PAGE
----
On April 5, 6 and 7, 1612, hundreds of Parisians gathered in the Marais to attend the sumptuous festivities given on the occasion of the double marriage of the young Louis XIII to the Infanta of Spain, future Anne of Austria , and Madame Elisabeth, sister of the king, with the Infante Philippe IV.

The setting in which these celebrations take place is grandiose: it is the brand new “Place Royale” (current Place des Vosges) which is being inaugurated, after several years of work.

It all began in 1605. Henri IV, the first Bourbon king, decided to build a silk factory in place of a horse market and the ruins of the old Palais des Tournelles.

This “manufacture”, like others created then by the crown, aims to free France from foreign imports which flooded in the previous century, under the “Renaissance”.

A first project is launched: to the north of the current square, twelve pavilions must be built to accommodate the factory but also its workers.

For the occasion, the king went to seek the know-how of Italian silk workers who therefore set up here, along a new street (today the axis rue de l'Echarpe / rue du Pas-de-la -Mule), itself lined with a covered gallery housing shops and workshops.

In 1607, the original project was modified. Henri IV wishes to provide his capital with a new square and the Marais with a new “epicenter” where unity and symmetry must dominate.

A vast quadrilateral was then defined and, on its four sides, thirty-six identical pavilions were erected – except two, more imposing: the “pavilion of the king”, opening onto the rue de Birague and the “pavilion of the queen”, which faces it - pavilions, it is said then, which "have no place in all of Christendom which can be compared to them".

And the fact is that at the time, no other square in Europe could compete in proportions and appearance with the “Place Royale” of Henri IV: the harmonious facades were built of bricks and stone, the high roofs are made of slate; the idea of ​​the covered and shopping gallery of the factory is also taken up, this time around the entire perimeter of the square.

We can thus, something extremely rare, walk or "go shopping" sheltered from the rain and without walking in the mud...

The “Roman of the Knights of Glory”, a large carousel given at Place Royale from April 5 to 7, 1612. On the occasion of the marriage of Louis XIII to Anne of Austria.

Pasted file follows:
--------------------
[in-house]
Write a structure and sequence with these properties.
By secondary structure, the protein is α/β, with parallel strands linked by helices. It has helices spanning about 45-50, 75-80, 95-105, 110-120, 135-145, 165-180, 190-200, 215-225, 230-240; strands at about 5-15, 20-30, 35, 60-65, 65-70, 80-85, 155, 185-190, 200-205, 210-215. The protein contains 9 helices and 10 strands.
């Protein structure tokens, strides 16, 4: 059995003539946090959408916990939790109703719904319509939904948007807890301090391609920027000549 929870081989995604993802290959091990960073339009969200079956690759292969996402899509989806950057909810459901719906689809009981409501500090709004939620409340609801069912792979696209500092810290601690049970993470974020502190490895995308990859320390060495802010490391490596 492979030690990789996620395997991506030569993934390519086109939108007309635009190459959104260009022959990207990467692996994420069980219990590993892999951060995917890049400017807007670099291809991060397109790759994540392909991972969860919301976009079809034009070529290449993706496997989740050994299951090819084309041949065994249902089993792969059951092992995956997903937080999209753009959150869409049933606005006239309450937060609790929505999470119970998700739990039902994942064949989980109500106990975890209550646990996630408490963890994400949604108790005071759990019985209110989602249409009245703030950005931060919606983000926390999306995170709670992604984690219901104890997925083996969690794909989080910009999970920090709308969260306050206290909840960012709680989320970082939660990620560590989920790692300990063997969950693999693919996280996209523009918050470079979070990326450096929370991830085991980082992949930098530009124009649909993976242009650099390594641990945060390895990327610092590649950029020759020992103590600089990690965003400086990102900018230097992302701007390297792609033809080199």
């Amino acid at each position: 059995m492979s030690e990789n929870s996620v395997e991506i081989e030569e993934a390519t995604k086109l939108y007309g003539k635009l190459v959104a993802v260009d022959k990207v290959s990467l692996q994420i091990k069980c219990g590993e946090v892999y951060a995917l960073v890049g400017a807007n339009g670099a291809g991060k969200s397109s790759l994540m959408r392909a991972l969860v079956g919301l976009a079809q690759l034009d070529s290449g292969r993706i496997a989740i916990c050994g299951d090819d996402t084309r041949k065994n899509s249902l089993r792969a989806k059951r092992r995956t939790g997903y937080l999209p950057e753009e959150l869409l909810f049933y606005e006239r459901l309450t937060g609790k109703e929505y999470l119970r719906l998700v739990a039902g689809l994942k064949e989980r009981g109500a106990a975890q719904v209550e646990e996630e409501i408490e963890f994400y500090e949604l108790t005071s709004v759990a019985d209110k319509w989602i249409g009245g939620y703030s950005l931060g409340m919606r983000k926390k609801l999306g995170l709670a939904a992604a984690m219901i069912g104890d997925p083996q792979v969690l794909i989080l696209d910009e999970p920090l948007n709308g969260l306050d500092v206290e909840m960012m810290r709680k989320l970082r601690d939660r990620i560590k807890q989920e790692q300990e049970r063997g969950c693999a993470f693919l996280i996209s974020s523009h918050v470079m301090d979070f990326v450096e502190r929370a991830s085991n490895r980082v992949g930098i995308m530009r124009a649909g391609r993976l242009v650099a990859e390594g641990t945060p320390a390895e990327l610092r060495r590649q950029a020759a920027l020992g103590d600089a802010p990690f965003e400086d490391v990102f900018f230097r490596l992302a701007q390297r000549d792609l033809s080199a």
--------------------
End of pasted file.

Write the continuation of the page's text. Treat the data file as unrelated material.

Anonymous, 1612th century, Musée Carnavalet – History of Paris, Circa XNUMX, Oil on wood.

The inauguration of 1612 is the opportunity to discover to the people, to foreign ambassadors, to the courts of Europe, the magnificence of "the Place" as they say then, as if there were now only one. in Paris which is worth the trip.

Henry IV is unfortunately no longer there to attend the celebrations. Assassinated by Ravaillac, he died in 1610 and it was the regent Marie de Médicis and the young Louis XIII who received the ovations of the spectators. On the arrival of the queen and the sovereign, the cannons of the Bastille thunder.

The royal procession, endless and colorful, enters via rue de Birague and parades across the square: the newlyweds are acclaimed; from the windows of the pavilions and even from the roofs where some have settled, we greet the great personages of the State, we admire their clothes of silk, gold and precious stones, we applaud the “carousel” of the riders, the soldiers and musketeers.

Transformed into a gigantic theater stage, the square is lined with platforms, hung with velvet in places and decorated with flags. Ephemeral constructions were built here and there, as well as wine fountains.

For three days, court and people rub shoulders, have fun, laugh. Cavalcades, fanfares, tournaments, parades follow one another. In the evening, fireworks ignite the Parisian sky.

The party had barely passed, the place immediately became “fashionable” (to the point that Corneille even produced a play from it: “La Place Royale”!) It remained so throughout the XNUMXth century. Behind the facades, the great families of the kingdom have built sumptuous mansions.

Nobles, financiers, ministers, men of letters are settled here, or, failing that, nearby, in the neighboring streets. These are the heydays of the Marais, punctuated by other memorable festivals, such as that organized in 1656 to welcome Queen Christina of Sweden or that of 1660, celebrating the arrival of Marie-Thérèse in Paris.

The royal square around 1660; passage of the king's carriage.
Anonymous, Musée Carnavalet – History of Paris, Circa 1655, Oil on canvas.
Equestrian statue of Louis XIII in the center of Place des Vosges, ©Anaïs Costet

In the 1789th century, things changed. The decline has begun. The aristocracy preferred to live in new neighborhoods like the Faubourg Saint-Honoré or, on the left bank, Saint-Germain-des-Prés. Only a few old families remained, soon swept away by the events of XNUMX.

Under the Revolution, the “ci-devant” deserted the place and emigrated; their hotels are confiscated. On the esplanade, national guards and soldiers replace the walkers.

The place obviously also changes its name: from now on, the square is called “Indivisibility [of the Republic]”. It remained so until the end of the century, before becoming “Vosges” in 1800, through Bonaparte.

That year, in fact, the “1st Consul” announced that he would instead give the name of the French department which was the first to have paid its taxes to the State. The Vosges are distinguished by their zeal: the “place des Vosges” is thus decreed.

“Royal” again under the Restoration and, more curiously, under the Second Empire, it will however resume its Napoleonic name with the Third Republic. It is under this name that locals and tourists have known it ever since. According to the latest news, there are no plans for her to change her name again…


Text: Michel Setan – Instagram
Photo of one: ©Anaïs Costet



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